May 6, 2008
By Susan Benson, CNHM Director of Education
Could we have had a record snowfall in April this year? It surely felt like it, and let us hope that the snow is behind us, as May is perhaps the most exciting month for regional phenologists. Many northern Wisconsin bird species have returned and some of the later species such as warblers and shorebirds are on their way, either to develop territories here or rest briefly before heading to final destinations farther north. May forests are full of bird songs, most of them sung by males. In most cases, the males will stake out a territory and use their call to attract a female of that species to them. By now it’s likely that sandhill cranes have built a nest near open water in a grassy area. The fuzzy yellow-brown chicks are born within 30 days so should be hatching in mid-May. White-throated sparrow, tree sparrows, and song sparrows have arrived. May 7-15 is when Museum phenologists have recorded hummingbirds as having returned to this area.
Listen in the evening for the male American woodcock, which has the most elaborate display to attract females. One of my most favorite spring activities is to sneak up close enough to observe this ritual. The male gives repeated "peents" on the ground, stomps his feet, dips his bill, and then turns and repeats the sound and motion in several directions. After several buzzes the woodcock leaps into the air. As he gets higher, his wings begin to whistle using his outer primary wing feathers; he continues to climb in wide spirals until he's almost out of sight. He comes down in a zig-zag, diving fashion, chirping as he goes. After landing he buzzes again, and if he's lucky a female joins him. Males repeat this performance up to twenty times during an evening.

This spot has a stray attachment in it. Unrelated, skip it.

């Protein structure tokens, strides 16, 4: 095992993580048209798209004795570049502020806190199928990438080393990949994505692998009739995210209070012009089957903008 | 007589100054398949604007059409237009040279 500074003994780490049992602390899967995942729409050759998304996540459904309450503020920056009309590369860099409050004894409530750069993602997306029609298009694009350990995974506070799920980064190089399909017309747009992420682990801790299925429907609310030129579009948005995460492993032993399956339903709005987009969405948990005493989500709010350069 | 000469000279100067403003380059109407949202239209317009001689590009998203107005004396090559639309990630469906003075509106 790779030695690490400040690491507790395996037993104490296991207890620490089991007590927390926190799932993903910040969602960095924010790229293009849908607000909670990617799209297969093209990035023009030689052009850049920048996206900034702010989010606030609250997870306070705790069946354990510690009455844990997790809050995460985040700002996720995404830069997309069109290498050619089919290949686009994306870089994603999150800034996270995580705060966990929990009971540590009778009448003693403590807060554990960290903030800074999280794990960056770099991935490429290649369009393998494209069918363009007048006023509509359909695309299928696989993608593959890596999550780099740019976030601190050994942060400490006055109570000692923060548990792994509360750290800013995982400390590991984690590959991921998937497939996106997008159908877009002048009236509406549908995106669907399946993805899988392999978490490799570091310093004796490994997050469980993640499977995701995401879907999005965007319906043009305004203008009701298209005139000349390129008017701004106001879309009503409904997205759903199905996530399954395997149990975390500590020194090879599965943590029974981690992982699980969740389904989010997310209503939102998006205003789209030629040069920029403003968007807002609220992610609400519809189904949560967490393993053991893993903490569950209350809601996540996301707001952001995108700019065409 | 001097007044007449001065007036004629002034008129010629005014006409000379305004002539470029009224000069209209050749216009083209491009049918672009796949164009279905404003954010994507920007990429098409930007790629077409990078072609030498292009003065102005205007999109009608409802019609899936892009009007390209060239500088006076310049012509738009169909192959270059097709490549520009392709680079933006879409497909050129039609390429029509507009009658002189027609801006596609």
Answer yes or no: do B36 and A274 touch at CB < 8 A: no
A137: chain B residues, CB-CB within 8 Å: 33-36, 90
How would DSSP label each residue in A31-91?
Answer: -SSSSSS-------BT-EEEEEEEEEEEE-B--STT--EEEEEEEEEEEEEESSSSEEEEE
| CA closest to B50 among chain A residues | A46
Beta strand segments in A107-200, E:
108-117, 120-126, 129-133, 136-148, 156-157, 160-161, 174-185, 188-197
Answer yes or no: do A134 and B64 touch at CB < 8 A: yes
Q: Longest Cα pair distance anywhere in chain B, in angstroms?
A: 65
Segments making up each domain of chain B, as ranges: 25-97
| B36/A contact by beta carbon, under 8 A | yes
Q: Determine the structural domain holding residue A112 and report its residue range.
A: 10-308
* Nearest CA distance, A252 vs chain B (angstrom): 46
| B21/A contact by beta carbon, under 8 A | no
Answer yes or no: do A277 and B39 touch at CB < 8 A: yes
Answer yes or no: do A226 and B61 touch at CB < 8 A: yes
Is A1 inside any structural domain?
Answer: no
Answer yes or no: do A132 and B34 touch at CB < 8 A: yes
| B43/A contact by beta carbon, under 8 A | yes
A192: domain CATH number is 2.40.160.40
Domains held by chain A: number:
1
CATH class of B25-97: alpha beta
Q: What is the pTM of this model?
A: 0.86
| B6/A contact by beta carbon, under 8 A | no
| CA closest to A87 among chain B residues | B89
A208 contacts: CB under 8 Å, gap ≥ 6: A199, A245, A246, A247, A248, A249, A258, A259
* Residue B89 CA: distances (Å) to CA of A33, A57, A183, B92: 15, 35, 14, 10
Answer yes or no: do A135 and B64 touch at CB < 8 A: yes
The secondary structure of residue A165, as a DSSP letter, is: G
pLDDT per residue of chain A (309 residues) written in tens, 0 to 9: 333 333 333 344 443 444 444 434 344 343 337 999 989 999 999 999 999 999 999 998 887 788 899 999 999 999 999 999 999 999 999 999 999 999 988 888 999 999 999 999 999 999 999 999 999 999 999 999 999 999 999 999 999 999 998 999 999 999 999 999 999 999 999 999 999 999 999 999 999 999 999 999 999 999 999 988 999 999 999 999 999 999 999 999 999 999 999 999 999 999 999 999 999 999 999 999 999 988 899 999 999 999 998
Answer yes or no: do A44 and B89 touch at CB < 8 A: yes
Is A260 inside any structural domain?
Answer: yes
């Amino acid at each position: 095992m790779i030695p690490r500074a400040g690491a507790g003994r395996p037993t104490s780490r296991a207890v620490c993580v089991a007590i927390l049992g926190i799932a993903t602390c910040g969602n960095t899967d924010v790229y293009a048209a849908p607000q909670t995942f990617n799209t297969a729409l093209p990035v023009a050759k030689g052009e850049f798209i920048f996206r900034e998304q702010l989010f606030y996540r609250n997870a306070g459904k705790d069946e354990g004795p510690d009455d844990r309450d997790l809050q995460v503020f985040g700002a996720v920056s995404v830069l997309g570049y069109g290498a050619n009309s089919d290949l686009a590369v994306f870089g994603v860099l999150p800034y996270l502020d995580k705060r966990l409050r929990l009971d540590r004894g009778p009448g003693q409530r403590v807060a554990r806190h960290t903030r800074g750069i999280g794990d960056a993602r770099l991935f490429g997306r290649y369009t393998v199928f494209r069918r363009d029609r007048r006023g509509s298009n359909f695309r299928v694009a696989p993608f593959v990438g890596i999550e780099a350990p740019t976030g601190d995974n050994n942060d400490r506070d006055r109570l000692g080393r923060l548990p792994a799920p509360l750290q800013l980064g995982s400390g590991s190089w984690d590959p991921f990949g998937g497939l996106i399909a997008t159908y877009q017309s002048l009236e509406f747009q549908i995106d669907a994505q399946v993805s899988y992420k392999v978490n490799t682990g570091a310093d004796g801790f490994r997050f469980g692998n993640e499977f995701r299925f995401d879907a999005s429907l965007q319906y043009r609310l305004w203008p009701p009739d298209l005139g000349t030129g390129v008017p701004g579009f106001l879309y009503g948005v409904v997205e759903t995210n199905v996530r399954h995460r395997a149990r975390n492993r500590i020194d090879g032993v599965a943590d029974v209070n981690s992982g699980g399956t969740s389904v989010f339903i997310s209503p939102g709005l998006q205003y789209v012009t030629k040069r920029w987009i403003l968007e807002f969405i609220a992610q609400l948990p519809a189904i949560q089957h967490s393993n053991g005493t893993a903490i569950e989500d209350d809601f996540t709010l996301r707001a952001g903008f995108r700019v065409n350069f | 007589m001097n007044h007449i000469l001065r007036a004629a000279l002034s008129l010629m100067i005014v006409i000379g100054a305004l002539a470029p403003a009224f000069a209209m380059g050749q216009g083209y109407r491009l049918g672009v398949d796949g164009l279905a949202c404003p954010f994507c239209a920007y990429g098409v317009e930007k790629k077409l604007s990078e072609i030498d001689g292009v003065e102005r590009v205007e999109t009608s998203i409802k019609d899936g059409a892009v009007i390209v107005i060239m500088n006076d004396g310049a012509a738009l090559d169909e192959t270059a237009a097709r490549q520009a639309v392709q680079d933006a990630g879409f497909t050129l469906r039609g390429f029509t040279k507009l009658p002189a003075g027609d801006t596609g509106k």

During some years (that have less April snow), a few species of flowers have already bloomed during April, while others make their first appearance in May. Dandelions are among the first plants to pop up in the spring, and I have observed them blooming in Ashland. Species such as hepatica and bloodroot should be blooming soon; other species such as starflower, trillium, lilac, blue-bead lily, Canada mayflower, forget-me-nots and marsh marigold will be seen during the coming weeks.
Keep your eyes out in the forest for one of my favorite signs of spring, the blooming leatherwood, a woody shrub that grows up to 8 feet, but is usually smaller. The small, yellow bell flowers are delicate and beautiful. As its name suggests, the stems are soft, leathery and very pliable, yet still very strong; the stems can actually be tied into knots. The bark is fibrous and can be peeled off in strips and woven into twine.
Most insects should be hopping, buzzing, crawling and flying around by now. The abundance of mosquitoes can be at its highest during May, due to the spring ponds, puddles and other wet areas where they lay their eggs. In Wisconsin, dragonfly nymphs change into adults two different times a year. The spring species emerge all at once in May and early June when the days grow longer and temperatures get warmer. The summer species develop at separate times throughout late June, July, and August.
When will you record your first mosquito this season? Email your spring observations to the Museum at firstname.lastname@example.org and be sure to include information on the date observed, name, and the town in which you made your observations.
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